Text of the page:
Pets/Animals

Pets & Animals 03.14.19

Pet Adoption Fair

Hugs From Henry, Inc. will hold a Pet Adoption Fair to benefit local pets for medical needs and to find their forever home. The event will be held on Sun., May 5th, Benson’s Pet Center, 3083 NY-50, Saratoga Springs, NY from 10 am to 3 pm. Local shelters and vendors will be on hand.

If you are Spring cleaning and find unneeded pet supplies to include old towels, sheets or blankets, bring them and we will provide them to people adopting a pet or the shelters will take what they need. We will give you a donation receipt.

 

DEC Issues Annual Guidance to Avoid Conflicts with Coyotes

The New York State Department of Environmental Conservation (DEC) issued annual guidance on preventing conflicts between people and coyotes as winter gives way to spring.

“This time of year, DEC sees an uptick in questions from New Yorkers regarding coyotes and their behavior,” DEC Commissioner Basil Seggos said. “While coyotes are an integral and beneficial part of our natural ecosystem, we strongly encourage all New Yorkers to do their part and follow our common-sense tips to ensure coyotes remain wary of people and minimize the chance of conflicts.”

With the onset of warmer weather, many of New York’s resident coyotes will set up dens for pups that will arrive this spring. Coyotes are well adapted to suburban and even some urban environments, but for the most part will avoid contact with people. However, conflicts with people and pets may result as coyotes tend to be territorial around den sites during the spring through mid-summer period as they forage almost constantly to provide food for their young.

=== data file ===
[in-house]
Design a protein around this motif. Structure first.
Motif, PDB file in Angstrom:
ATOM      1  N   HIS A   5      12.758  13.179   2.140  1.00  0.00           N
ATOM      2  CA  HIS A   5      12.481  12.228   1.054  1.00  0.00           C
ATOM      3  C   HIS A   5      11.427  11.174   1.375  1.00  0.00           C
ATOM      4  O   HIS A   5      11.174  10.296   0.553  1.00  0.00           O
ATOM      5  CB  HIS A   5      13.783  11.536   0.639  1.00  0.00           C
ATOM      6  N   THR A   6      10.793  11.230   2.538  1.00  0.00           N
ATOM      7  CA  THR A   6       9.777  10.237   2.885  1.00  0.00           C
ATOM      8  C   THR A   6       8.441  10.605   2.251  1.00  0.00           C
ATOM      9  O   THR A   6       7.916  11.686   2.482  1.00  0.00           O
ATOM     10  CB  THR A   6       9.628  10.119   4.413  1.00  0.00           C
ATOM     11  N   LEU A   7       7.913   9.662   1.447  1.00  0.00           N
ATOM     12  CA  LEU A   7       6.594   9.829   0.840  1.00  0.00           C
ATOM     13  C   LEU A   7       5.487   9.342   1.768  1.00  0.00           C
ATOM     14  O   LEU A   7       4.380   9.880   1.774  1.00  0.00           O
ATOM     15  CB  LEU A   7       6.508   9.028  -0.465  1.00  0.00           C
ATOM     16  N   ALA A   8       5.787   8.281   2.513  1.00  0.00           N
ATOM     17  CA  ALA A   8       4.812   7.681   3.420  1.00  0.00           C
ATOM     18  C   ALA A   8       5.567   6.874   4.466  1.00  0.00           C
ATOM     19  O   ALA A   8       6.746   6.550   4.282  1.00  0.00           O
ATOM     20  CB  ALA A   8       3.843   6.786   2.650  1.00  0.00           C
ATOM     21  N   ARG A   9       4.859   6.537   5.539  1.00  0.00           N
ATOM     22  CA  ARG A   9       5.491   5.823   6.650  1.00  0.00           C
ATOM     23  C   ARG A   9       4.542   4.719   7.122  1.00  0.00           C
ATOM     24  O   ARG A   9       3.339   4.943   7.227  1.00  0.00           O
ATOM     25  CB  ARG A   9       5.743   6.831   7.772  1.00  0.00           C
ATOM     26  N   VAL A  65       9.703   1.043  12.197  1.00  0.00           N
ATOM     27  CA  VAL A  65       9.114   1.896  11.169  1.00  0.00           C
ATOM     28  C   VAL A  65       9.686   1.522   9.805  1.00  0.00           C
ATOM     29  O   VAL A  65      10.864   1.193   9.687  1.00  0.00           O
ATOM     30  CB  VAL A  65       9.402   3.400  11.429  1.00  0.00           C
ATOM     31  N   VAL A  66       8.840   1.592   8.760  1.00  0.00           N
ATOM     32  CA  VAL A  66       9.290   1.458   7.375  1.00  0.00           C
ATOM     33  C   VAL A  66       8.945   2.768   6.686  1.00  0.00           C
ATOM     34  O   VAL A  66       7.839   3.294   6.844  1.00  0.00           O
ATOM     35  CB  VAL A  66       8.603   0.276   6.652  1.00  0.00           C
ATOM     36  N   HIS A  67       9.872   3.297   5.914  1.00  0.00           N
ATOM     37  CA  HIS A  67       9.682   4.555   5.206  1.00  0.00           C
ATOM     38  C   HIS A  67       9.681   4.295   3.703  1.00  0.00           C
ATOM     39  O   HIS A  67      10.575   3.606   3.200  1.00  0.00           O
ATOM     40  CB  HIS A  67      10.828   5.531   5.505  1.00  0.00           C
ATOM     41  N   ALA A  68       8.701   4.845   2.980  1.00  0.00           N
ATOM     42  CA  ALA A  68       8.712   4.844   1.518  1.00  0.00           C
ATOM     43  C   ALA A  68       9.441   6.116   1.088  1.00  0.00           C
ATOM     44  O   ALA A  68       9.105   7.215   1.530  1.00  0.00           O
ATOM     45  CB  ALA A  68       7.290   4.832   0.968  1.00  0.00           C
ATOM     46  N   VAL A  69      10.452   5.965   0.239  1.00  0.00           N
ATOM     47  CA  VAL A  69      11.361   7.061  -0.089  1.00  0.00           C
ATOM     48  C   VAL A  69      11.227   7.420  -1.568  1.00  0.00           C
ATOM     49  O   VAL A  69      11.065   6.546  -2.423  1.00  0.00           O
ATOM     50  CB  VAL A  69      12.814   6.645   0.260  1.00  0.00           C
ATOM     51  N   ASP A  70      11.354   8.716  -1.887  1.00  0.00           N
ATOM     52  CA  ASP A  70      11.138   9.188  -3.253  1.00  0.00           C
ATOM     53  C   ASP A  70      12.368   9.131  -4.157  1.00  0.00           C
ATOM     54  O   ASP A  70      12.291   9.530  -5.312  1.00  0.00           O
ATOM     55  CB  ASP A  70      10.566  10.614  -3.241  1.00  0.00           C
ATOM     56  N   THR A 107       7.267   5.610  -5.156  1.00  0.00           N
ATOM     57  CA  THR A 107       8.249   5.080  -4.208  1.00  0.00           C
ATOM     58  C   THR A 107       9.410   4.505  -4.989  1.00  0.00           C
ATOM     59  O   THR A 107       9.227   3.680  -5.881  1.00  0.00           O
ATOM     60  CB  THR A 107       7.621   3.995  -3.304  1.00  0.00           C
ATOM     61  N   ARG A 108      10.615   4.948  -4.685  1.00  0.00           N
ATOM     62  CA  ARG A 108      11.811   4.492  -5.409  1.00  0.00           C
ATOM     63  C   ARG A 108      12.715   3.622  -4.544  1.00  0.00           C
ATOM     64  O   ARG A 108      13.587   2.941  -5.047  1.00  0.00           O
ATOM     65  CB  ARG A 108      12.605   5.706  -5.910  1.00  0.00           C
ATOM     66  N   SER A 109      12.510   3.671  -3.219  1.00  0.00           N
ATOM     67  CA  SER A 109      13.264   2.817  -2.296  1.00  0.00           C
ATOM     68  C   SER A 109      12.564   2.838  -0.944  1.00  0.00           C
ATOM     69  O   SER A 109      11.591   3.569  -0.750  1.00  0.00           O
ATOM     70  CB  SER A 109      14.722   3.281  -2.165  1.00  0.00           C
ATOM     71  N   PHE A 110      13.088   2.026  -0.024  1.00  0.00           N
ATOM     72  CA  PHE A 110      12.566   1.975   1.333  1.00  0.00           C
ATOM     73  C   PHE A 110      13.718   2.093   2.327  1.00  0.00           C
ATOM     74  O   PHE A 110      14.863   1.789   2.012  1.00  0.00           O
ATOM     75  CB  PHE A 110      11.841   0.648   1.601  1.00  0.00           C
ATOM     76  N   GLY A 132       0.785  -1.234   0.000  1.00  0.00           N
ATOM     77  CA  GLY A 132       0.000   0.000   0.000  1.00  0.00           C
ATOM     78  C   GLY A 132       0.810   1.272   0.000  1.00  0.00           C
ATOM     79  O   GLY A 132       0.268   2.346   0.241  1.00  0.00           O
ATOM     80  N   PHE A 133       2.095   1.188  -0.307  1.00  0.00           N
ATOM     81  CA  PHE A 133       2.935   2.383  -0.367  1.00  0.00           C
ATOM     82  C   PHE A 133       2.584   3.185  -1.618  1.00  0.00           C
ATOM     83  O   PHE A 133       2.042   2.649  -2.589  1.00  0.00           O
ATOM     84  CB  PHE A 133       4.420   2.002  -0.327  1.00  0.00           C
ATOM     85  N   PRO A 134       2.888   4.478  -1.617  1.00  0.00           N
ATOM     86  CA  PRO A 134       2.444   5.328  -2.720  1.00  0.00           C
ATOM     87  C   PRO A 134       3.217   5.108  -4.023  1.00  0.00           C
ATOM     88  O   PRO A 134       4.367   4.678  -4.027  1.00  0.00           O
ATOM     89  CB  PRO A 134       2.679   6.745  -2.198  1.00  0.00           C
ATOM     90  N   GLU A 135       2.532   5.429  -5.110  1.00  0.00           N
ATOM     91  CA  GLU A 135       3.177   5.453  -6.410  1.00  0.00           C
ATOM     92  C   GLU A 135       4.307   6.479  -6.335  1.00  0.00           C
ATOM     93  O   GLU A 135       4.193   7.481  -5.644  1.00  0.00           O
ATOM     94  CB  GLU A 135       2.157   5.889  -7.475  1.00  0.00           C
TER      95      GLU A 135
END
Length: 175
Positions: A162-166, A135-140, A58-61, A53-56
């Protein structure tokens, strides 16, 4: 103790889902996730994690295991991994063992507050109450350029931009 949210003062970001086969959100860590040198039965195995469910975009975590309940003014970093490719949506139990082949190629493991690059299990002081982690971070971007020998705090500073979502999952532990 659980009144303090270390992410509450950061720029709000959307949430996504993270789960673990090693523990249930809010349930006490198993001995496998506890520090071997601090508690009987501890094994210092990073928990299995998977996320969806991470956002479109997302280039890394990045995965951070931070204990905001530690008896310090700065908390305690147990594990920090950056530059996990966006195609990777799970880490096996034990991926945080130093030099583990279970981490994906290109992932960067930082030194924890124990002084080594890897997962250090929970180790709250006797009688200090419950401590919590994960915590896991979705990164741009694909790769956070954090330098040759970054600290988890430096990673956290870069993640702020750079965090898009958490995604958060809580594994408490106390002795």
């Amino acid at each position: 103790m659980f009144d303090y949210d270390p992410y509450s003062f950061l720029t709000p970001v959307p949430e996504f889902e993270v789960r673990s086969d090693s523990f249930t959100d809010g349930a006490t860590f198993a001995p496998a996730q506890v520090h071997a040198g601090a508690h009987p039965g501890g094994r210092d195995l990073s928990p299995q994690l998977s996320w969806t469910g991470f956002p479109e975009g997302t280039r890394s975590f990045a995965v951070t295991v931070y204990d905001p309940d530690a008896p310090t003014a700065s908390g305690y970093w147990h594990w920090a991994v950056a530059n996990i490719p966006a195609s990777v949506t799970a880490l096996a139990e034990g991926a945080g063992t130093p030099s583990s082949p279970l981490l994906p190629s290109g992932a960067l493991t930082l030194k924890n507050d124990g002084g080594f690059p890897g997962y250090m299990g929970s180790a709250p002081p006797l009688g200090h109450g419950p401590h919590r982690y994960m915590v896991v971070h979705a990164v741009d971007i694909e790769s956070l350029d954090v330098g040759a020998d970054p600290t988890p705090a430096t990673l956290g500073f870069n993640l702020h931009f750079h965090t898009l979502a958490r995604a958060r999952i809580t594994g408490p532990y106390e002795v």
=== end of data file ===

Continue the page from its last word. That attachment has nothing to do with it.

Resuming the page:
To reduce or prevent potential conflicts, DEC recommends the public:

Not feed coyotes and discourage others from doing so;

Reduce the risks of making unintentional food sources available to attract coyotes and other wildlife and increase risks to people and pets, including:

Not feed pets outside;

Make any garbage inaccessible to coyotes and other animals;

Fence or enclose compost piles so they are not accessible to coyotes; and

Eliminate availability of bird seed. Concentrations of birds and rodents that come to feeders can attract coyotes. If you see a coyote near your birdfeeder, clean up waste seed and spillage to remove the attractant.

Not allow coyotes to approach people or pets;

Teach children to appreciate coyotes from a distance;

Be aggressive in behavior if you see a coyote: Stand tall and hold arms out to look large. If a coyote lingers for too long, then make loud noises, wave your arms, and throw sticks and stones;

Do not allow pets to run free. Supervise all outdoor pets to keep them safe from coyotes and other wildlife, especially at sunset and at night. Small dogs and cats are especially vulnerable to coyotes;

Fence yards to help deter coyotes. The fence should be tight to the ground, preferably extending six inches below ground level and taller than four feet;

Remove brush and tall grass from around your home to reduce protective cover for coyotes. Coyotes are typically secretive and like areas where they can hide;

Contact local police department and DEC regional office for assistance if coyotes are exhibiting bold behaviors and have little or no fear of people. Seeing a coyote occasionally throughout the year is not evidence of bold behavior; and

Ask neighbors to follow these same steps.

The Eastern coyote can be found in rural farmlands and forests and occasionally in populated suburban and urban areas. In fact, coyotes can provide many exciting wildlife watching opportunities from a distance. In most cases, coyotes avoid people as much as possible. However, if coyotes learn to associate people with food, such as garbage or pet food, they may lose their natural fear of humans, and the potential for close encounters or conflicts increases.